Žatec: 5% increase in production and around the same in turnover.

Ferdinand: 13% increase in production.

Budějovický Měšťanský Pivovar: 25% increase in production.

Bakalář: The brewery changed hands in the middle of last year and production dropped by 5%. However, the new owners feel optimistic thanks to the trends in the last months.

And all this without taking into account the many micro breweries that opened last year or that invested in order to meet the growing demand for their products.

Yes, I'm sure that there owners worried by the future of their companies and workers wondering whether they will be able to keep their jobs till the end of the year, but that's something that happens in every industry regardless of the global situation in the economy and markets.

So, Mr. Vesely, are these really such bad times? They really don't seem to me.

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4 Feb 2010

Making the best of an invitation

Though I talk about places that I visit while wandering around the city, restaurant reviewing is nor my area of expertise, neither the main topic of this blog. That's why I was quite surprised by the mail received from Restaurace Paprika a few days before Christmas.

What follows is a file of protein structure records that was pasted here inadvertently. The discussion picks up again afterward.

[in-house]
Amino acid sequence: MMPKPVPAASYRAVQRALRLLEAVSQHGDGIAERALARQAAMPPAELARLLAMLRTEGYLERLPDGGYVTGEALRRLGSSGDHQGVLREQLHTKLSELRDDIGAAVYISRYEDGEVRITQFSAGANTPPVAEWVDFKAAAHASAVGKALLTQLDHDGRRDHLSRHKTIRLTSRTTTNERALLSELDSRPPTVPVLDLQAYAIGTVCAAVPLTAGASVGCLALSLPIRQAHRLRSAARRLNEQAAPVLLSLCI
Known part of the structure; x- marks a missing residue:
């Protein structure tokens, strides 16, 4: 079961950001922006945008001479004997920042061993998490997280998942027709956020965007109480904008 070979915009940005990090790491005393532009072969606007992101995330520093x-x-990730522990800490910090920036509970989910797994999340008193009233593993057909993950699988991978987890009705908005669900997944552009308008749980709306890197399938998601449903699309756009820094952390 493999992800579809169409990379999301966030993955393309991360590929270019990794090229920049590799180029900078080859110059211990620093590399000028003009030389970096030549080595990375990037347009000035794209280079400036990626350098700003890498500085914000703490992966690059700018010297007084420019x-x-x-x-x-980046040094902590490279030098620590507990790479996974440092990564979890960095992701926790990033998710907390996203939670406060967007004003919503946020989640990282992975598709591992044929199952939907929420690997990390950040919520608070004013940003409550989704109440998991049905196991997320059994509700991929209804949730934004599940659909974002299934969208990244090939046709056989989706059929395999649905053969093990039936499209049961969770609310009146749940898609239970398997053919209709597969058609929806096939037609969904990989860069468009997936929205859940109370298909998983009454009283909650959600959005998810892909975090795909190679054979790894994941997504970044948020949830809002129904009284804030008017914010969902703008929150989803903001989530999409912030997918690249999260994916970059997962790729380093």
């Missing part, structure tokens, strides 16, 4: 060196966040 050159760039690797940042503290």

Paprika is a small Hungarian restaurant located in a back street of Holešovice. Its owner Holešovice wanted to invite me to taste the home made sausages his brother, the chef, makes. I love sausages, they are one of the best beer snacks in the world, and I have a greasy spot for Hungarian-like sausages. Of course I accepted the invitation. In my religion refusing without a very good reason an invitation to good food is a capital sin punished by an eternity of drinking piss-warm Corona from glasses of Kout na Šumavě.

So a couple of weeks ago I agreed with Lászlo to pay him a visit on a quiet afternoon. I didn't go empty handed, I took a few beers with me to try some pairings and share with my host.
Paprika is a pretty small restaurant, but very welcoming, a real neighbourhood place. The decoration and the furnishings are basic and unpretentious, I quite liked it. I was welcomed by László. He's a very nice and friendly bloke, from Hungary, but has been living in Prague for many years. He told me the restaurant had opened in March and that fortunately, things were beginning to go very well. Still, he said they would like to move to a nicer location, with more pedestrian traffic. He also explained their philosophy of using only fresh ingredients, as authentic as possible, what they can't get here, they bring from their home-town. The aim is to cook really home made typical Hungarian food.

To get things started he brought me three pieces of bread topped with different lard based spreads, kacsazsír, with duck lard; tepertőkrém, with pork drippings and kolbászzsír tarjadarabokkal with sausage drippings with bits of roasted pork neck. All three absolutely delicious. The perfect beer snack. I paired the first two with Svijanský Rytíř, the bitterness of this světlý ležák cut through the fattiness and brought up the flavours of the spreads. I tried the other with Primátor 13%, not bad, but I liked the match with Svijany better.